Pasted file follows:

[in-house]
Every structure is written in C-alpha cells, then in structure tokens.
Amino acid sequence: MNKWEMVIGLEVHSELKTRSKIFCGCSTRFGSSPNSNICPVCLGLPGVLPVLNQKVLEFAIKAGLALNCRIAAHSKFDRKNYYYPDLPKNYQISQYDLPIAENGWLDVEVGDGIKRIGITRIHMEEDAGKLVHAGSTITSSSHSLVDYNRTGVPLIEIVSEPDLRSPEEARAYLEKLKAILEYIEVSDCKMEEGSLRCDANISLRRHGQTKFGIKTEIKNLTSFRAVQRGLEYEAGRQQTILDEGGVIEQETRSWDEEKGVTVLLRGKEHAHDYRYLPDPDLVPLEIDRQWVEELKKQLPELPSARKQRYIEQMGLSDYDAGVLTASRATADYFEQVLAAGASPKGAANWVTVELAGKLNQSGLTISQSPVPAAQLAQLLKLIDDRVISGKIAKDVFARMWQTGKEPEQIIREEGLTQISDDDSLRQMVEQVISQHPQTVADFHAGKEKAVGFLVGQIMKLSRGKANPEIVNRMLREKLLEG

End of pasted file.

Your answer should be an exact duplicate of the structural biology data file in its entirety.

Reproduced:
[in-house]
Every structure is written in C-alpha cells, then in structure tokens.
Amino acid sequence: MNKWEMVIGLEVHSELKTRSKIFCGCSTRFGSSPNSNICPVCLGLPGVLPVLNQKVLEFAIKAGLALNCRIAAHSKFDRKNYYYPDLPKNYQISQYDLPIAENGWLDVEVGDGIKRIGITRIHMEEDAGKLVHAGSTITSSSHSLVDYNRTGVPLIEIVSEPDLRSPEEARAYLEKLKAILEYIEVSDCKMEEGSLRCDANISLRRHGQTKFGIKTEIKNLTSFRAVQRGLEYEAGRQQTILDEGGVIEQETRSWDEEKGVTVLLRGKEHAHDYRYLPDPDLVPLEIDRQWVEELKKQLPELPSARKQRYIEQMGLSDYDAGVLTASRATADYFEQVLAAGASPKGAANWVTVELAGKLNQSGLTISQSPVPAAQLAQLLKLIDDRVISGKIAKDVFARMWQTGKEPEQIIREEGLTQISDDDSLRQMVEQVISQHPQTVADFHAGKEKAVGFLVGQIMKLSRGKANPEIVNRMLREKLLEG